If the road to hell is paved with good intentions, then the path to solving the state’s roadway problems may be splayed with political wrangling, observes the Statehouse Report. South Carolina has the fifth largest road system in the nation with more 41,000 state-maintained highway miles. The state Department of Transportation gets $448 million in funding this year from gas and other special fuel-related taxes.
The DOT, which gets no other funding from the state’s General Fund, is also responsible for a laundry list of other maintenance nightmares, such as 8,360 bridges, 550,000 traffic signs, 115,000 miles of ditches, and 5,639 traffic signals and flashers.
According to “Getting to Good,” a presentation that state Department of Transportation Secretary Robert J. St. Onge made around the state earlier this year, it will take an one-time infusion of $340 million to get all of the state’s interstates to good quality and an additional $440 million to get primary roadways up to a similar level. Additionally, there’s hundreds of millions of dollars needed to widen lanes and reduce congestion on interstates throughout the state.
According to the presentation, it will take $35 million and $90 million annually to maintain the state’s interstate and primary roadways, respectively.
That’s a lot of cheese. The question becomes, how to pay for it all?
Rick Todd, president of the S.C. Trucking Association, said his organization is not against an increase in the state’s gas tax, one of the lowest in the nation, despite the direct economic effect it would have on his organization’s members.
Looking down the road, Todd said it was more important to have more good quality roads that could handle larger vehicles as the state’s economy continues to recover. Improvement to interstates, roads and bridges, Todd said, would increase business across the state.
Nationally, President Barack Obama seems to agree with Todd, assigning big chunks of his stimulus packages for infrastructure for a long-term national economic rebound.
Quoting state documents, Todd said South Carolina currently has 927 structurally deficient bridges, six closed for safety reasons, and 410 with weight restrictions.
Todd said he and other “user groups” that depend on highway and road transportation are all on the same page with the idea of having to pay higher taxes if that is what it means to make roadways safer and more reliable. According to state and other reports, a one-cent increase in the state gas tax would result in roughly $28 million a year.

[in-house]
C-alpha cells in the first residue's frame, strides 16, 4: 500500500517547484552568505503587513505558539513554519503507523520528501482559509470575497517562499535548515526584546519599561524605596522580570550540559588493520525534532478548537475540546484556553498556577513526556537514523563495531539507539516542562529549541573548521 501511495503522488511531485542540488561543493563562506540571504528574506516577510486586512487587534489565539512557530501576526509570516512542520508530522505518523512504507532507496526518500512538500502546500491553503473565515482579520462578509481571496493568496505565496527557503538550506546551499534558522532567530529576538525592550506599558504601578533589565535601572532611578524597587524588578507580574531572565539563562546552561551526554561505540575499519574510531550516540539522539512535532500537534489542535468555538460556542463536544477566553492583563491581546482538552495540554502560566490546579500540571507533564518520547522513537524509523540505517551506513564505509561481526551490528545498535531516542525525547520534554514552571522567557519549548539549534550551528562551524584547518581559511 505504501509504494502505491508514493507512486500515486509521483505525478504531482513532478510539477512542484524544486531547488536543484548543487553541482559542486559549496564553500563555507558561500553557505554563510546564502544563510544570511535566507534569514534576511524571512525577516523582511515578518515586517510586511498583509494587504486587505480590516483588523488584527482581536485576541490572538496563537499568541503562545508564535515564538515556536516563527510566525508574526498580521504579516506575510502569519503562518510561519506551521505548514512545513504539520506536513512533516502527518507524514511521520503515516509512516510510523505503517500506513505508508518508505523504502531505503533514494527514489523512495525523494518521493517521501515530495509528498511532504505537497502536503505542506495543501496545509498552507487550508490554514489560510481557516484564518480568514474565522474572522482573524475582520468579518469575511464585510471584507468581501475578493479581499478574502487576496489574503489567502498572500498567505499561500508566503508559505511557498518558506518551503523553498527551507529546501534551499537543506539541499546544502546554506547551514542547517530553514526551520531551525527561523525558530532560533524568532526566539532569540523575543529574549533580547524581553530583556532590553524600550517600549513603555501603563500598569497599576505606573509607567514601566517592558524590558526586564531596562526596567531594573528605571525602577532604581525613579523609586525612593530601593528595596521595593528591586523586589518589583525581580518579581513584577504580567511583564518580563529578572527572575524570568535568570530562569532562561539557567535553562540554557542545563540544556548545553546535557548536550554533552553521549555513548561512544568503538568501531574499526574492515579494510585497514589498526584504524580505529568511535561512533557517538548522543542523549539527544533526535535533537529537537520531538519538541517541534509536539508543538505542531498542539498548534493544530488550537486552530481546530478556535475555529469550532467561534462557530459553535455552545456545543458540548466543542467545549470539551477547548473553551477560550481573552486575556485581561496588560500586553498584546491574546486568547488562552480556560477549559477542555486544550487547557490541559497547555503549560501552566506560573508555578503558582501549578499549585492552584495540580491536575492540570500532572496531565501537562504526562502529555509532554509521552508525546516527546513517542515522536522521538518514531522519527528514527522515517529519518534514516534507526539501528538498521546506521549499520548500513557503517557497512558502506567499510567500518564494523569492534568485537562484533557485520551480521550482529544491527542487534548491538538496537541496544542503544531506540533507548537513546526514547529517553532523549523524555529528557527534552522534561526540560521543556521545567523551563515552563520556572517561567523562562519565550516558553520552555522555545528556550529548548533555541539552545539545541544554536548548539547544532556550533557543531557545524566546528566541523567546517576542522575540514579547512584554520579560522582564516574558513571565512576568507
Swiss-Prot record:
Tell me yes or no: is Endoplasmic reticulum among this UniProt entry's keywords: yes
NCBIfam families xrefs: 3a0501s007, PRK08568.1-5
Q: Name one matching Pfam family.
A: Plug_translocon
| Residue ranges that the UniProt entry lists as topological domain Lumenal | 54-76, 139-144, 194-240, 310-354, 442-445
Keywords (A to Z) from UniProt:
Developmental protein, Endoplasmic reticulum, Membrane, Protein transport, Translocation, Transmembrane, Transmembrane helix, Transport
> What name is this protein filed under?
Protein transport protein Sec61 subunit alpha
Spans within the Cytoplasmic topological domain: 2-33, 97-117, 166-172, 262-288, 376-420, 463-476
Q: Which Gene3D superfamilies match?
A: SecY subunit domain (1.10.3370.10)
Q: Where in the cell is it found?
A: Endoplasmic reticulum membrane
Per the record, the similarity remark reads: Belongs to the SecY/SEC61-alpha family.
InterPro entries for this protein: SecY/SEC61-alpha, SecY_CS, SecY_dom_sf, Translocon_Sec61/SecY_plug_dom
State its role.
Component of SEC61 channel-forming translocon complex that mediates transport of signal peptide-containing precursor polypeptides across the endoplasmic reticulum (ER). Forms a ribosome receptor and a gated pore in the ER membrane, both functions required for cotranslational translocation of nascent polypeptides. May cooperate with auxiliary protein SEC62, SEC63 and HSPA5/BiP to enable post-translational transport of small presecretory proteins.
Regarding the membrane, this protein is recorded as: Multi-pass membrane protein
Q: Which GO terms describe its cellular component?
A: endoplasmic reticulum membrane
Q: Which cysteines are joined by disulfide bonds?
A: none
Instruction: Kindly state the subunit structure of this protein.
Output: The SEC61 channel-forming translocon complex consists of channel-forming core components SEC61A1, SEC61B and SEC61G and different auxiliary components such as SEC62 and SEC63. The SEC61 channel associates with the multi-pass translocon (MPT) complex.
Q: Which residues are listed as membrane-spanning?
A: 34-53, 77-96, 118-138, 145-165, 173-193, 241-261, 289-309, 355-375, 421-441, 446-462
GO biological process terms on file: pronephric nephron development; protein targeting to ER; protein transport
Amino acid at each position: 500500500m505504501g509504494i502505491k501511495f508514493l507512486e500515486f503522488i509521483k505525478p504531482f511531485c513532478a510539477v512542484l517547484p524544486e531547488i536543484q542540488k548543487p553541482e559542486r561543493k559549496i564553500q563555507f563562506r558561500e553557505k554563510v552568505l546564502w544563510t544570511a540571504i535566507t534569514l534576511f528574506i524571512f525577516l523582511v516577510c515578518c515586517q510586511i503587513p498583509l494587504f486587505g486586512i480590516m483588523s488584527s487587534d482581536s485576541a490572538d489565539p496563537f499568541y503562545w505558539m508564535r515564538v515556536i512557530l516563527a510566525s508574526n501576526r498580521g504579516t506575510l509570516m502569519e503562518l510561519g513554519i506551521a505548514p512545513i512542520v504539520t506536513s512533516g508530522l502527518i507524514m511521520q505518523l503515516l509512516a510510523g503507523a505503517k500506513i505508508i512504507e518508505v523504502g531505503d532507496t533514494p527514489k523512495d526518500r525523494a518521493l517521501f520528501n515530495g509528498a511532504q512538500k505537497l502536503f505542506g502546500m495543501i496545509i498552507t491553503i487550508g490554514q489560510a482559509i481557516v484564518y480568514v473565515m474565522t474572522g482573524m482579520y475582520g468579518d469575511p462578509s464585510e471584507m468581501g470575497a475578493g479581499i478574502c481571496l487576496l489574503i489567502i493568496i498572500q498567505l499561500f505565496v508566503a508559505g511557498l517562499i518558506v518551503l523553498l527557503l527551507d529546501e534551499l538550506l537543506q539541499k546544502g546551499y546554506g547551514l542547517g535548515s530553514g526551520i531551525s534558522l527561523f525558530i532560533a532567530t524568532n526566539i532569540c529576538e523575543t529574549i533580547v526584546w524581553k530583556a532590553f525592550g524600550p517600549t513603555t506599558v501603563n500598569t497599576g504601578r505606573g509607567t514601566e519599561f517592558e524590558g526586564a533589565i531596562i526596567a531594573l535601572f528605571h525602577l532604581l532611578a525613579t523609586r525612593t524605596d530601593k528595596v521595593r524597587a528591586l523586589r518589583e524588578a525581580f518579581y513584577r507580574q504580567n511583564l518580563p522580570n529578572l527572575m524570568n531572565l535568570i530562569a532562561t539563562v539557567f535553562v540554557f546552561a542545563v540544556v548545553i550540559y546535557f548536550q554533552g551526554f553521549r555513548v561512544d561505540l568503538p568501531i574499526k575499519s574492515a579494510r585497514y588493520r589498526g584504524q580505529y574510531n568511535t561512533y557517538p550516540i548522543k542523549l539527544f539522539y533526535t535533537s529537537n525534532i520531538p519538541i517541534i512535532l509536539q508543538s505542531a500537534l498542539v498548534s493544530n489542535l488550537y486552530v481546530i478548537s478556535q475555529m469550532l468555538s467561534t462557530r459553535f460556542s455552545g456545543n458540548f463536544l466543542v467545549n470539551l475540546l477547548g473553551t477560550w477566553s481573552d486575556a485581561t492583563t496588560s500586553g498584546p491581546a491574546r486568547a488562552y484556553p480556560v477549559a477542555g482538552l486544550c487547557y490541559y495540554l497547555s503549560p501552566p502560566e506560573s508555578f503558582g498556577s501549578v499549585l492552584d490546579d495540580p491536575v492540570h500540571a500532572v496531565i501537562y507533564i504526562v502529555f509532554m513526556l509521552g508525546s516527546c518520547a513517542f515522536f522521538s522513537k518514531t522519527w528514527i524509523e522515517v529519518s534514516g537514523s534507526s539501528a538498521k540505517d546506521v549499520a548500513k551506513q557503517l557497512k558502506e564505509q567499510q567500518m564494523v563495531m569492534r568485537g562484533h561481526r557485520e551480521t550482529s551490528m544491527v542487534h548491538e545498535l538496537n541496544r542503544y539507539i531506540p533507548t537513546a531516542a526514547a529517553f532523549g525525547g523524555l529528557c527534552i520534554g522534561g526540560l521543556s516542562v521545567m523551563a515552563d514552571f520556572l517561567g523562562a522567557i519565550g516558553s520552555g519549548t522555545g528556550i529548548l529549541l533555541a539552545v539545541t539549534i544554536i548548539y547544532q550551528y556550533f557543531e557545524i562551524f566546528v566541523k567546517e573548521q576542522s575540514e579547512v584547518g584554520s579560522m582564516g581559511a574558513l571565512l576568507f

South Carolina’s gas tax currently is 16.75 cents per gallon. Raising it by 15 cents a gallon to bring it in line with neighbors Georgia and North Carolina would generate some $420 million — every year — to help with much-needed maintenance and congestion improvements. Right now, officials say the state road system’s needs are in the billions.
S.C. Chamber of Commerce head Otis Rawl said his organization will give the legislature a laundry list of roadway improvements it would like to see tackled, but won’t advocate how the money is raised, or re-allocated.
But Todd stressed, it’s not really up to the business community to decide how the money is found. He said that the legislature, with all of its partisan politics, will have to come up with a fiscal solution, be it raising taxes or setting aside money like it did for harbor deepening in Charleston.
State Sen. Larry Grooms (R-Bonneau), chairman of the Senate Transportation Committee, was quick with where the money is not going to come from:
“There will be no gas tax increase,” said Grooms, who said that user groups like Todd’s had been pushing the idea for the better part of a decade. “But they keep coming up empty.”
Grooms, known for his limited government stances, argued this time that building and maintaining roadways are a key and crucial core mission of government.
As such, Grooms said he plans to introduce a bill when the next legislative session opens that will set aside 5 percent of the state’s General Fund budget to go to DOT in addition to the hundreds of millions the agency already gets from gas taxes. His bill also includes “trigger mechanisms” that will reduce the amount over five years if the state’s economy remains moribund.
The big worry across the state is that South Carolina will need to have a bridge disaster like the one that hit Minnesota five years ago before anything substantive is done to address the state’s ailing infrastructure. This is one of those crucial issues that needs to be tackled sooner than later, especially with lane widening needed along the I-26 corridor to take advantage of coming state port improvements there. If state government – from the DOT to the governor to the legislature – doesn’t get this right, then South Carolina will miss an opportunity to protect its citizens and significantly grow its economy. Read More.